A while back, Quintessential Editor asked for some book recs on the Tarot. I gave him two that I’ve found exceptionally helpful, and I thought that would make for a good Tarot Tuesday post. So here are the two books I recommended to him, plus one extra:
1. Eyeh: A Kabbalah for Tomorrow by Arthur Green
This book isn’t about the Tarot. It’s an excellent introduction to Kabbalah instead—a type of Jewish mysticism that the Rider-Waite-Smith deck relies on (as do all the decks that follow the standard it set).
It’s a practical introduction, which I love. It doesn’t assume you have any special knowledge of Judaism or mysticism. It’s not out to convert you or make any claims about being the one true path. It’s just a hands-on guide.
The Tarot isn’t Jewish, of course; it’s Hermetic. But Hermeticism borrows from Kabbalah. (And Kabbalah, in turn, seems to have borrowed from Neoplatonism, probably indirectly. And round and round we go through western canon!) Hermeticism tweaks Kabbalah for its own purposes. But this book will stand you in good stead for a foundation in both the traditional Kabbalah and the Hermetic.
2. Tarot and the Tree of Life: Finding Everyday Wisdom in the Minor Arcana by Isabel Radow Kliegman
My go-to book for anything about the Minor Arcana—it offers sensitive, in-depth interpretations of each card. But this book is heavy on Kabbalah, so you might want to start with Arthur Green’s book and get grounded in it first. That said, you don’t absolutely need that grounding to understand this book, so if you can’t wait to dig into some Tarot, start here instead.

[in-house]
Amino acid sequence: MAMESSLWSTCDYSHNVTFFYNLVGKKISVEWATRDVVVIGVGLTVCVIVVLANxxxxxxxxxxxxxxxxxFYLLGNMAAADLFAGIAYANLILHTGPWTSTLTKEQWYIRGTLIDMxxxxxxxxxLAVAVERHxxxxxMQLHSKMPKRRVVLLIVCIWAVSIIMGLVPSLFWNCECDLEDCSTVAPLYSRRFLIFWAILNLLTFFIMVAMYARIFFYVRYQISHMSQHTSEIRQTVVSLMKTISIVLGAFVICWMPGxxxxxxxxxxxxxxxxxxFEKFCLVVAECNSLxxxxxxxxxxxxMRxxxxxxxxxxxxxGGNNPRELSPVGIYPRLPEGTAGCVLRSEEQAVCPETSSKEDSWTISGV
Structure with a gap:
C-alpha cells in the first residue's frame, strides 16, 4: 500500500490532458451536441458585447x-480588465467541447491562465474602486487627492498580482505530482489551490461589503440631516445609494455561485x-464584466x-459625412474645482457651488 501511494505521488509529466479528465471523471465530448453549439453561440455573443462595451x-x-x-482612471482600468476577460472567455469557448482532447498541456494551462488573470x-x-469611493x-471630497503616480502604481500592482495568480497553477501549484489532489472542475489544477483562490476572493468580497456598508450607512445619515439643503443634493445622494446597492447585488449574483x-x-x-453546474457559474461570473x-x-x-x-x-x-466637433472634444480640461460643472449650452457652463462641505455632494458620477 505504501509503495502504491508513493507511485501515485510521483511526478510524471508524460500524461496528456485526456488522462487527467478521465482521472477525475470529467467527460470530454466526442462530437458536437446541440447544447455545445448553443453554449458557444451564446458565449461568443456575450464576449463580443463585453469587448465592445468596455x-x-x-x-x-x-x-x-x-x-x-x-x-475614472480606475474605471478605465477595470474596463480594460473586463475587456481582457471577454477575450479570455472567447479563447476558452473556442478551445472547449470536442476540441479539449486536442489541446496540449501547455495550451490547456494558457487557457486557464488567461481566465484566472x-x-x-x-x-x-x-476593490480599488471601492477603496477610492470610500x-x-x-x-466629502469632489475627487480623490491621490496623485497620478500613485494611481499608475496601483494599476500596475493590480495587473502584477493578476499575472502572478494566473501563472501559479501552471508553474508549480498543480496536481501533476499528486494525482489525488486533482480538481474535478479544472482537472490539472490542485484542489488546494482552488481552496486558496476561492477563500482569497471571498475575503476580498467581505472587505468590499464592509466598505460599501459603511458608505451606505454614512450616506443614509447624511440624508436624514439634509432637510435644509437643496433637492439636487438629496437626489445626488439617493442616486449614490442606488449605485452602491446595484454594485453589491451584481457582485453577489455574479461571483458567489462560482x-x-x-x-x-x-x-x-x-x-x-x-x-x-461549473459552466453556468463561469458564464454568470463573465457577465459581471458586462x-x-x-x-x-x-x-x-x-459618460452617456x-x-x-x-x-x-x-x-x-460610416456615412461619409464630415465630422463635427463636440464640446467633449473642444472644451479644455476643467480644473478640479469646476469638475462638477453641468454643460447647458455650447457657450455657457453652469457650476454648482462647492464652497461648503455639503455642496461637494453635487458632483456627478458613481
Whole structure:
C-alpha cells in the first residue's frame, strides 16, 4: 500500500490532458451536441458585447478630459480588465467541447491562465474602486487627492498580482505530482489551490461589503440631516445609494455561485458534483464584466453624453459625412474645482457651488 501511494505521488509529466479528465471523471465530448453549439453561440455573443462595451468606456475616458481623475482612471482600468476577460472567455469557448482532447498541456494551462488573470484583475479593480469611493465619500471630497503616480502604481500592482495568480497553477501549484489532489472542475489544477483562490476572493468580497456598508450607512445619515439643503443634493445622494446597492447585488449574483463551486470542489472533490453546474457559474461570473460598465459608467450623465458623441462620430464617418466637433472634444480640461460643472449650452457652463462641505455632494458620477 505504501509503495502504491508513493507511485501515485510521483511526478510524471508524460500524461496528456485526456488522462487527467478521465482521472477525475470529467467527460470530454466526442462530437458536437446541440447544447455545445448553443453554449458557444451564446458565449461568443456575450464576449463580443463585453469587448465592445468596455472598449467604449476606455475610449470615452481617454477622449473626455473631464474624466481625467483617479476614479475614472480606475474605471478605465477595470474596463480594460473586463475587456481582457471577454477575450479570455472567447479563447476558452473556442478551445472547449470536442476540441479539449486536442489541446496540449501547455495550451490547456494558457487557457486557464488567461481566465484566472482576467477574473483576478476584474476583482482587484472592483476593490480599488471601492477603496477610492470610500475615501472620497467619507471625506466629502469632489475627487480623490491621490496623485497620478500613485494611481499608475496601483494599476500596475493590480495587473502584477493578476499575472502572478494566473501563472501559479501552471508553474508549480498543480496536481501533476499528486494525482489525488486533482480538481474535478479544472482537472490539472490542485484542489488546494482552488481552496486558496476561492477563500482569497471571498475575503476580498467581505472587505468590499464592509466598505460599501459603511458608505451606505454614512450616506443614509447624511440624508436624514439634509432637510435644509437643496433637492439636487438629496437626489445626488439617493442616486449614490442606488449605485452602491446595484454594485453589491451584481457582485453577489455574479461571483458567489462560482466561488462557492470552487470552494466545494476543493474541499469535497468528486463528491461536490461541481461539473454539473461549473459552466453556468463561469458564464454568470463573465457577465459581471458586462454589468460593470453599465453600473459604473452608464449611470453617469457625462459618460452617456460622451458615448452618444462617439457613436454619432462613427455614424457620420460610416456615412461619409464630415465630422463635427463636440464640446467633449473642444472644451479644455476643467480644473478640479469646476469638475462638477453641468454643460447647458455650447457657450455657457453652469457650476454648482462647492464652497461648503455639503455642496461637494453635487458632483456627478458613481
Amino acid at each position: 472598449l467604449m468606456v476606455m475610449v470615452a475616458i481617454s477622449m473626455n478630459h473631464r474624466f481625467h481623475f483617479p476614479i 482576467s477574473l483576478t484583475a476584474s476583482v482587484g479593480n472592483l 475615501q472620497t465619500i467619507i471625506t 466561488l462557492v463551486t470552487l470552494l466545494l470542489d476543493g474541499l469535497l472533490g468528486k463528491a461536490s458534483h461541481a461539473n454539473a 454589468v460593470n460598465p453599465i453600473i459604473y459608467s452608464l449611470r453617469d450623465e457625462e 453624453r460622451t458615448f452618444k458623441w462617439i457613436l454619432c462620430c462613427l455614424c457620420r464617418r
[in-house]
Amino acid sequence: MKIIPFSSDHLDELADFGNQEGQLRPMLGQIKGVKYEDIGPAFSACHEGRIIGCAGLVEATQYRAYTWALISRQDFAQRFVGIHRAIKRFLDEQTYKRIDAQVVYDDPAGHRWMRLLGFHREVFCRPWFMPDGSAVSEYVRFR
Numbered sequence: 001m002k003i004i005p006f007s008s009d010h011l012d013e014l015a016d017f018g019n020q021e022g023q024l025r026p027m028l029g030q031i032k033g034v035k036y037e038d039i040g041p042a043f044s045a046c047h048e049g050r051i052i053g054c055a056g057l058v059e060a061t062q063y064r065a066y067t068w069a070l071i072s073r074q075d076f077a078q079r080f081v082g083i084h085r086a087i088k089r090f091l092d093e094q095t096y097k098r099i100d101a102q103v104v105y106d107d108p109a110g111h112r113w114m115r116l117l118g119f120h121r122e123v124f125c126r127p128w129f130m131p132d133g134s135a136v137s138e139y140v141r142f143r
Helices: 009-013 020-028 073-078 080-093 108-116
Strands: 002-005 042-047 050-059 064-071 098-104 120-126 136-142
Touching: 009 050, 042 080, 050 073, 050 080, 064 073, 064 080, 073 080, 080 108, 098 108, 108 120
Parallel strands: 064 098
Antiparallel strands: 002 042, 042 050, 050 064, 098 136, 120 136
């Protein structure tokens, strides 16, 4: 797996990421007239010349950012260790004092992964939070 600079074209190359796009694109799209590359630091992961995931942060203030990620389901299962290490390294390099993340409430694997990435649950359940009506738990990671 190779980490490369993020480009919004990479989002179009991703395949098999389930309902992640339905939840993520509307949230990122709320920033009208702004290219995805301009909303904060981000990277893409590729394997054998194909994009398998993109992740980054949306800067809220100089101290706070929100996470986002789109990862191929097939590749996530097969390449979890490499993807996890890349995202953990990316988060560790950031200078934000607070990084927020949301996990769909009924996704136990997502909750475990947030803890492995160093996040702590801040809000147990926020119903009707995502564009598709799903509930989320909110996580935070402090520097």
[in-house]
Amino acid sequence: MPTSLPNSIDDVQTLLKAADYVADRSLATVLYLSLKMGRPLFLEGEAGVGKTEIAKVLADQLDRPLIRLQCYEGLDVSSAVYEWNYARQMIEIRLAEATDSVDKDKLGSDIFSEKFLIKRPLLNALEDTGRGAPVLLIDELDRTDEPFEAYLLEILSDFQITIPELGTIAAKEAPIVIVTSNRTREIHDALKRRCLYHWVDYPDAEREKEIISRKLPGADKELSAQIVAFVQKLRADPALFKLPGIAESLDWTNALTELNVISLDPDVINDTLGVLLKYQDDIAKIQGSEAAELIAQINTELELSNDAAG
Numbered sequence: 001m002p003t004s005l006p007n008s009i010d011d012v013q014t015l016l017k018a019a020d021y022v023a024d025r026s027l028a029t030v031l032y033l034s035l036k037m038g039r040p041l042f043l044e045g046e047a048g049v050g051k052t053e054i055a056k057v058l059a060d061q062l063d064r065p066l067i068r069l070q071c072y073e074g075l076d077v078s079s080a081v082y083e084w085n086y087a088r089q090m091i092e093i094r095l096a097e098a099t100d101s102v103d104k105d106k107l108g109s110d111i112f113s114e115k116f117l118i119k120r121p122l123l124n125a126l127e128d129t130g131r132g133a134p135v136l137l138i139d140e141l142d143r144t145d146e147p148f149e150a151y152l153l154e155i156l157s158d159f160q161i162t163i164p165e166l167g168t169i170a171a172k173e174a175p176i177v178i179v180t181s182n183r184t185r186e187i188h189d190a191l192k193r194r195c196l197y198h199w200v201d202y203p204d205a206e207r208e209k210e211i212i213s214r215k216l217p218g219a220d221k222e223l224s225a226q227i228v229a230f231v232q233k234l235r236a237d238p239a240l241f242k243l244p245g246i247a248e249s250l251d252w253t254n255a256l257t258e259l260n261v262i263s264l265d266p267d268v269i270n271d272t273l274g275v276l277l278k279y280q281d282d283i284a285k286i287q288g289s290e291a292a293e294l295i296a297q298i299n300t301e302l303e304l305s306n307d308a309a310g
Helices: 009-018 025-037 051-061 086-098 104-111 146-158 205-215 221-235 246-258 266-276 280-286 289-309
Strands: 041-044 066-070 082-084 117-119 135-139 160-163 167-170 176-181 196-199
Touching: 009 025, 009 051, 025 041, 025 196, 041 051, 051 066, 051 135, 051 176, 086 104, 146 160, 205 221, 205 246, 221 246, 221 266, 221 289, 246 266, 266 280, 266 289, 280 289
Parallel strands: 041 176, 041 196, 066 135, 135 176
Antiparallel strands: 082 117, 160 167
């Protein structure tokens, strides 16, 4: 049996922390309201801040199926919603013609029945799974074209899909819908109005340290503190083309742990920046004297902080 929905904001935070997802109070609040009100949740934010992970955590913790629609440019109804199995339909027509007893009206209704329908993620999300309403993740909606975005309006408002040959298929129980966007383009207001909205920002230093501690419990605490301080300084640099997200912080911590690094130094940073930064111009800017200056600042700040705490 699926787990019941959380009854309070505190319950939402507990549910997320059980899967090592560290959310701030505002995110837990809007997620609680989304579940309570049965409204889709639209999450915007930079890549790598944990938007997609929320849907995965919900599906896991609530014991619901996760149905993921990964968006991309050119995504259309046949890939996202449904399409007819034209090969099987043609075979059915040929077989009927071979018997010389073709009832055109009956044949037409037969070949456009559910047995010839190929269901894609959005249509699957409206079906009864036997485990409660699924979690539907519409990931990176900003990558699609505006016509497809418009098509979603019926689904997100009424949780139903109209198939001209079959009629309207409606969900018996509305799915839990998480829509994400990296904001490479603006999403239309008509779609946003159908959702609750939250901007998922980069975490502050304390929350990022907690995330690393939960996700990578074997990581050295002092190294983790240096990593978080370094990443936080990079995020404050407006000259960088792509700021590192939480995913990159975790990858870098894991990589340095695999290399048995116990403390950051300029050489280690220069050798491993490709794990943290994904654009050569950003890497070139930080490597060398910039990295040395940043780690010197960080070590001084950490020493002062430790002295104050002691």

3. Tarot for Writers by Corrine Kenner
As the title suggests, this book is all about writing with the Tarot. Corrine Kenner doesn’t assume you have any special knowledge about the Tarot, so you can start with this book if you want to jump into using the cards for help with your characters and plots. She gives you some solid information on the symbolism of the cards, but in bite-sized, digestible pieces. And if you think you’d like to use Tarot spreads to help your story along, she gives you lots to choose from.
These are my three favorite books for starting out with Tarot. But don’t neglect Wikipedia—as of this moment, it has fairly in depth write ups on a number of the cards, complete with commentaries on the symbolism.
I’m going to post more book recommendations every couple of months. (Feel free to add more in the comments!) Some will delve further into the Tarot; some further into Hermeticism, and some into the Rider-Waite-Smith deck in particular. And I’ll include some general reference books as well.
Okay, we’ll need a card for next week: the Two of Swords.